The author initially focuses on the protagonist, Aranthur,
Nov 02, 2018 rated it really liked it
Shelves: fantasy
Well 4.5 stars actually. I really did enjoy this, not having read the author before (even though I have The Red Knight sitting waiting for me to pick up!)

The story is about Aranthur, a student (previously farm boy!) learning how to wield magic and things. He learns how to sword fight; he gets caught up in every political manoeuvre you'd every wish upon a hero; he falls in and out of love (on numerous occasions); he learns how to think for himself; and he learns how to work things out in a logica
Sep 04, 2018 rated it it was amazing
A masterpiece of a coming of age story, set in a beautiful, historically inspired city, equal parts Constantinople and Venice. Following Aranthur, a farm boy moved to the big city to study magic at the academy, Miles builds a rich, multicultural world filled with tradition and politics, and an outstanding magic system, which we find is as vast and varied as the many cultures who use it. As usual, Miles paints a complex visual tapestry filled with unique characters, clothes, weapons and city stre ...more
Mark Romero
Nov 04, 2018 rated it really liked it  ·  review of another edition
Another adventure by Cameron. The pacing and magic were suspect but the characters and world were enjoyable. Cameron loves to introduce a lot of elements which I like but some people may find to hard to follow. To be fair, the ending really salvaged this book from a 3 star rating. A rating I thought it was destined to receive after plodding through the first 100 pages.

On a side note from the story, the map (I love maps) was terrible. I'm left wondering if the artist read the book or the places
Aug 27, 2018 rated it really liked it

As always when reading the work of an author I've never encountered before, I began Cold Iron with an open mind.

I found the pacing to be perfect, the main character to very very likeable and the worldbuilding to be utterly fantastic.

I also found the description of the mixed-race Aranthur as a "mongrel" to be an unacceptable choice of word for a book being published in 2018.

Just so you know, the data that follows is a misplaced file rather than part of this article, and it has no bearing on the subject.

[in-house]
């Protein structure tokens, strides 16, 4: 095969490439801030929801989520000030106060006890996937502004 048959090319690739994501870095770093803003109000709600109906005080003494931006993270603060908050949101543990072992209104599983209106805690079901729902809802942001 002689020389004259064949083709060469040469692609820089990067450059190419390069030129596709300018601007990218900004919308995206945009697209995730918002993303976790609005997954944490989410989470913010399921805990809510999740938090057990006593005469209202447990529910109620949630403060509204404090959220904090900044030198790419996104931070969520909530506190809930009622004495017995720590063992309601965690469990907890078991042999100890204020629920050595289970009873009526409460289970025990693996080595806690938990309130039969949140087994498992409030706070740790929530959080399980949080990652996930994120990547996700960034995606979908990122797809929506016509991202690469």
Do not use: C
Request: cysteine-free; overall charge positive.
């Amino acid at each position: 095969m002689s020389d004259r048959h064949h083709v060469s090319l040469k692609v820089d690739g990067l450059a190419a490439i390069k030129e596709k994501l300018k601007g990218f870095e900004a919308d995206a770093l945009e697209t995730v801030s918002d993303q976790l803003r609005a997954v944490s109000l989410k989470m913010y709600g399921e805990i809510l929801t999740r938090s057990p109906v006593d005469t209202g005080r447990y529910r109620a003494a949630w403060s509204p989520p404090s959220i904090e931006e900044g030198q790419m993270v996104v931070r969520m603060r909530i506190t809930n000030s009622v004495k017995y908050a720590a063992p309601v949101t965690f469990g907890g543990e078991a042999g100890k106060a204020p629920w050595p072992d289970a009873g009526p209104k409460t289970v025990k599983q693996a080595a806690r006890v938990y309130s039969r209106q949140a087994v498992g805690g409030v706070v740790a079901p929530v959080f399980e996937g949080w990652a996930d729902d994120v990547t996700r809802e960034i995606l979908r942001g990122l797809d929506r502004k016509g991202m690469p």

"Arnauts were a race of mongrels, all the shades of the earth. Aranthur himself was betwixt and between, like most of his
Sam Davis
Oct 28, 2018 rated it it was amazing
Wow! Christian Cameron strikes again with a well-crafted military novel. Set in a kind of fictional Constantinople/Venice, Aranthur enrolls in a magical university and finds himself embroiled in multiple conspiracies. I loved every aspect of the young man’s education and would enjoy returning there! What a great book.
Jeremy Jackson
Dec 26, 2018 rated it it was amazing  ·  review of another edition
4.5 stars. I needed a book this good! It pulled me out of my reading slump in the penultimate week before the new year.

Cold Iron follows the rise of Aranthur, a foreign student at a magical academy who gets embroiled in intrigue on a grand scale. This novel used its tropes gracefully- the protagonist is a farm boy with great ability, attends a university for magic, etc. yet it came across fresh; this served to comfort me enough with familiarities to settle in while keeping my interest throughou
I'll try to get my review up as soon as possible. I loved this book so much!
Asha - A Cat, A Book, And A Cup Of Tea
I've been a big fan of Miles Cameron since I met him at a Gollancz event and really enjoyed talking to him about swords and herbs, so when I saw his latest book was up on NetGalley, it was an instant request for me. Cold Iron is a coming-of-age fantasy in the classic style - though it's got some very clever things to say about life, politics, and swords, it's not going to impress those who don't normally read male-authored epic fantasy.

First things first - if you don't like detailed sword fights
Sep 30, 2018 rated it liked it
So, my best advice is don't go into this expecting to experience Cameron's usual effervescence. It's certainly the most flatline of the plots I've read of his- it has some blips of excitement here and there, but it's generally fairly uneventful. Some of the lulls become almost painful in their plodding..

I'm not saying slow burners are a bad thing, but I usually find I need to be genuinely invested in the MC's progression and evolution to keep me interested. I can honestly say, I felt no emotion
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Goodreads Librari...: Incorrect info 6 40 Oct 25, 2018 06:29AM  
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Miles Cameron is an author, a re-enactor, an outdoors expert and a weapons specialist. He lives, works and writes in Toronto, where he lives with his family. This is his debut fantasy novel.

Other books in the series

Masters & Mages (2 books)
  • Dark Forge (Masters & Mages, #2)
“He could take some extra fencing lessons. He was in love with his sword, purchased in a used clothing market on a whim. With his rent money, because he was a fool.” 0 likes
“Boasting is a way of saying you are weak,” 0 likes